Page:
The dependent min-max module 1610 inputs the gamut enhanced image data signal GME over the signal line 1510 and outputs, for each pixel in the input image data, a local maximum image value signal MAX over a signal line 1612 and a local minimum image value signal MIN over a signal line 1614 to the dynamic threshold module 1620 and to the scan MRC separation module 1660. That is, for each pixel in the image being converted, a window defining a neighborhood around that pixel is applied to that pixel and maximum and minimum image values of pixels within that window are determined and identified as the dependent maximum and dependent minimum image values for that pixel of interest. This is described in greater detail in the incorporated 249 and 246 applications.

The dynamic threshold module 1620 inputs the gamut enhanced image data signal GME over the signal line 1510, the scaled screen magnitude signal SMS, if available, over the signal line 1410, the dependent maximum signal MAX and the dependent minimum signal MIN over the signal lines 1612 and 1614. The dynamic threshold module 1620 outputs an enhance control signal Enh over the signal line 1622 to the scan MRC separation module 1660 and to a binary scale module 1640. The dynamic threshold module 1620 also outputs a raw gray level selector signal Grr over a signal line 1624 to a block smooth module 1630. The block smooth module 1630 filters the raw gray signal Grr and outputs a smooth gray selector signal Grs over a signal line 1632 to the binary scale module 1640.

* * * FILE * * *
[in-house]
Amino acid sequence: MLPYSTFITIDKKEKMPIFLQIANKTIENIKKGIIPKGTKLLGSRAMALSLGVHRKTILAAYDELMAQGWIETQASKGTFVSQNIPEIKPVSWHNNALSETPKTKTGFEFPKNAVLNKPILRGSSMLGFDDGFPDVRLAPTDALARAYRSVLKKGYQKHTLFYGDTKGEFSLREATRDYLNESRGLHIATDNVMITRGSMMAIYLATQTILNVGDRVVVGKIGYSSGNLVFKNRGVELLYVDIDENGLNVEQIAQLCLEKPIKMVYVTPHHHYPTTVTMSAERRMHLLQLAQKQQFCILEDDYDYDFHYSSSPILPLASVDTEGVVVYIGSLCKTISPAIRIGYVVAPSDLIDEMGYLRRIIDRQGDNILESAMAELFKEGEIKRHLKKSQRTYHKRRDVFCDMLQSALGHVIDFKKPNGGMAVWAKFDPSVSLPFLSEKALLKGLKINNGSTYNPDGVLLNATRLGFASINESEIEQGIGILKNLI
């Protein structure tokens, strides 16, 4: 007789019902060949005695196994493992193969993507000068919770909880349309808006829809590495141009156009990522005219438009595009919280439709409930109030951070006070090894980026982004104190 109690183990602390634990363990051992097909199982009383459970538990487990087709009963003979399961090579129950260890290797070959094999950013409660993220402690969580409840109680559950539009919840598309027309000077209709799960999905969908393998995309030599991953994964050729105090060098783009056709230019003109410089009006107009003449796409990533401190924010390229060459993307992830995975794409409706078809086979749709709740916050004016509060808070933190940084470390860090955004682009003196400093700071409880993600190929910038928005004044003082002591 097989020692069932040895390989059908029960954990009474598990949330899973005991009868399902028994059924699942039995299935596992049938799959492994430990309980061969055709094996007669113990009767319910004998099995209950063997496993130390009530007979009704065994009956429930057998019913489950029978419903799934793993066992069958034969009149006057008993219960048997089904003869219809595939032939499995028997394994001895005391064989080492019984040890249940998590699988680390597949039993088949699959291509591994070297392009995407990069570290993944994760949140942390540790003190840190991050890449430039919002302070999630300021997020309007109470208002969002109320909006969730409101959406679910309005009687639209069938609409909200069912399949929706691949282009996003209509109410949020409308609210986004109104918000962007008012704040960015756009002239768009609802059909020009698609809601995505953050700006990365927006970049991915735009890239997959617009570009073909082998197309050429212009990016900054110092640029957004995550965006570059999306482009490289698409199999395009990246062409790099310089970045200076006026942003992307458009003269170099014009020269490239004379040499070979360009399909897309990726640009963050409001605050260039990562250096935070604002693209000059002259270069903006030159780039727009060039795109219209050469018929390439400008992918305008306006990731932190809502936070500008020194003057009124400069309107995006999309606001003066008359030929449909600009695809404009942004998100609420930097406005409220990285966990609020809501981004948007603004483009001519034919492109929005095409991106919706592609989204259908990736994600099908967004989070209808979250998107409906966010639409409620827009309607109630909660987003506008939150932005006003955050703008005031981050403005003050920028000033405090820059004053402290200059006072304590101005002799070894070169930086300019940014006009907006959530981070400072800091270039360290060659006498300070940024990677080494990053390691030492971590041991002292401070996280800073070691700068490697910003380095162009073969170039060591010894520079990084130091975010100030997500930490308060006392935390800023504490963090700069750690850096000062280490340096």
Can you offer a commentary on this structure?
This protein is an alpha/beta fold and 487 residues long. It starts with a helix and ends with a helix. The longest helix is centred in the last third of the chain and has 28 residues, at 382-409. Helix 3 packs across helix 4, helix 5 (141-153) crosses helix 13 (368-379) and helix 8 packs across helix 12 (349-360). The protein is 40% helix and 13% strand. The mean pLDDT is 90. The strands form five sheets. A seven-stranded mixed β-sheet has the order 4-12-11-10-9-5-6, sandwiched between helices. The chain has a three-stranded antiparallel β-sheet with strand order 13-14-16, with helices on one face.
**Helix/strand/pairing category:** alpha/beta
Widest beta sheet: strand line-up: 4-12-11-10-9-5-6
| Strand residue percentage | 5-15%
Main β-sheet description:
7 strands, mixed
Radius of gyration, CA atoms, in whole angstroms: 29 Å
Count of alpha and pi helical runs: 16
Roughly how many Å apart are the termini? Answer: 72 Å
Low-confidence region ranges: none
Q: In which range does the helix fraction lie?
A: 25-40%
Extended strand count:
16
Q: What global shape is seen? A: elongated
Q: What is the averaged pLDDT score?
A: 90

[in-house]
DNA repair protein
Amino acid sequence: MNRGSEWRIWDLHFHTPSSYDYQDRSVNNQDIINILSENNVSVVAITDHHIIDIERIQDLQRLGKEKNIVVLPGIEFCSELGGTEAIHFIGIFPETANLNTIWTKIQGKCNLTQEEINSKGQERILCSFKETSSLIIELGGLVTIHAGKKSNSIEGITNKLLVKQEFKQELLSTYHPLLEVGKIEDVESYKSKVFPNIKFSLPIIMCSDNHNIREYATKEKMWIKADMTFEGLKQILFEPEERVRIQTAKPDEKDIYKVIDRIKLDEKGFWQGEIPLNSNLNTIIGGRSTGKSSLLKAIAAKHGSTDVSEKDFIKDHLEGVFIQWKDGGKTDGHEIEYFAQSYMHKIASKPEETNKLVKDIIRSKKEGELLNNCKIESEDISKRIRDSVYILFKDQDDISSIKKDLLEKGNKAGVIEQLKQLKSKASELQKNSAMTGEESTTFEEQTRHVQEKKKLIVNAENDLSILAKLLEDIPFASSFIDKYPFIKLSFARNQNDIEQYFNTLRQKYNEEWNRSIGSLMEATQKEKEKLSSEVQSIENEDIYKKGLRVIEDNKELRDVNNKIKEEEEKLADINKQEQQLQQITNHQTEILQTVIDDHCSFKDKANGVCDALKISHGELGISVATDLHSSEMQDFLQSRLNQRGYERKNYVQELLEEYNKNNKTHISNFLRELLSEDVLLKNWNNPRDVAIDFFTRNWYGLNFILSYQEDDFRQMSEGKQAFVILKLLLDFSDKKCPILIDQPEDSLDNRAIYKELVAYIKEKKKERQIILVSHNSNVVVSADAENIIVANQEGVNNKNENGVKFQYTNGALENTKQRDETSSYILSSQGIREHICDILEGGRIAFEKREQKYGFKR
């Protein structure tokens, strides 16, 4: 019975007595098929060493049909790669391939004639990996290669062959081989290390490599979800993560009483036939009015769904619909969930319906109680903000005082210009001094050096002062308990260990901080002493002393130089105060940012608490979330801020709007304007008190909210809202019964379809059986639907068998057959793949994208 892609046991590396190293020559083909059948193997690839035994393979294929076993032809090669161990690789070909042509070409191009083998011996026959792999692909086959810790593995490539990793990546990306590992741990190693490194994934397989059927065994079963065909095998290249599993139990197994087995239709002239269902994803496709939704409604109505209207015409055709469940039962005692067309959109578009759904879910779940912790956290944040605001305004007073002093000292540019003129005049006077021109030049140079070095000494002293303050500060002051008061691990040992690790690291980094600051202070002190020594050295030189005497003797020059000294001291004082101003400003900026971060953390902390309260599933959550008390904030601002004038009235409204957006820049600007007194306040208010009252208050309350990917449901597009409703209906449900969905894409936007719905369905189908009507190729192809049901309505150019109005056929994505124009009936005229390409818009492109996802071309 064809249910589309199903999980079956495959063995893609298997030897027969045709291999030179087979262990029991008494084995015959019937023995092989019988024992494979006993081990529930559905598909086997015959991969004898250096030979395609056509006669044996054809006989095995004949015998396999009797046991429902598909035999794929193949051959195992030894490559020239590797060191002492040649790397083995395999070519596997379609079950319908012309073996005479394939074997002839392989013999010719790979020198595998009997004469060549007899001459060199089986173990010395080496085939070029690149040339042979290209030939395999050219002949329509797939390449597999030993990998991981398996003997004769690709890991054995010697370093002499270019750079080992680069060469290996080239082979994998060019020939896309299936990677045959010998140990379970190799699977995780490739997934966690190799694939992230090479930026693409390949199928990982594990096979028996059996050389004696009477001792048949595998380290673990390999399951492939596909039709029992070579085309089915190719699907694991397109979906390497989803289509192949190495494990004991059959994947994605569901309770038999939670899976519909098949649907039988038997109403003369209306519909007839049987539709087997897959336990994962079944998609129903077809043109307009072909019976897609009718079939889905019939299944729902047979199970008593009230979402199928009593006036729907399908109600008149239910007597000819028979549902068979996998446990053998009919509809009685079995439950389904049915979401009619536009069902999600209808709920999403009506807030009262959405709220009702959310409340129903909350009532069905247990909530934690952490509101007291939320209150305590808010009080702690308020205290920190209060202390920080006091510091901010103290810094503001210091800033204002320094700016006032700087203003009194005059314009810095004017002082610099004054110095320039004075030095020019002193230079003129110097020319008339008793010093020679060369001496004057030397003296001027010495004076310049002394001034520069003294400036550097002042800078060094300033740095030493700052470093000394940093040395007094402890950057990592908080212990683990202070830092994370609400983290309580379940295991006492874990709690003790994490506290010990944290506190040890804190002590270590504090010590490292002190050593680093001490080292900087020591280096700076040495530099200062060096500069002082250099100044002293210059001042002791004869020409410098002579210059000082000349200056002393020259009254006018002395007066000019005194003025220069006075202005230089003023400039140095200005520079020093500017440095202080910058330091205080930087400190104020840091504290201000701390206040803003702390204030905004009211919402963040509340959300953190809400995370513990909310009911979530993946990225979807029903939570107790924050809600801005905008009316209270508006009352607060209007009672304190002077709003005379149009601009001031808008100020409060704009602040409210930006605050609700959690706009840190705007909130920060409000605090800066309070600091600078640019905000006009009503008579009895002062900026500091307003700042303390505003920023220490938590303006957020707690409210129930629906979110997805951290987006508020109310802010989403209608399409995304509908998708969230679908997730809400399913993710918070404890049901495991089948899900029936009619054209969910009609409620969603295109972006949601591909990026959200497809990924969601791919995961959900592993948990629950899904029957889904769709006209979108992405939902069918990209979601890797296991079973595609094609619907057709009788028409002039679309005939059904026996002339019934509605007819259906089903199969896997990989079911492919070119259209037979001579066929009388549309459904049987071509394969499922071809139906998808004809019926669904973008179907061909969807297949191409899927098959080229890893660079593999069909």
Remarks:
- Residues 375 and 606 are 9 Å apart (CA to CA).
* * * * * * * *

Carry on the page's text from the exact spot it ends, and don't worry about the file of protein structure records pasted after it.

The binary scale module 1640 inputs the enhanced image data signal Enh over the signal line 1622 and the smoothed grayscale signal Grs over the signal line 1632 and outputs the binary selector plane data signal SEL over the signal line 1642.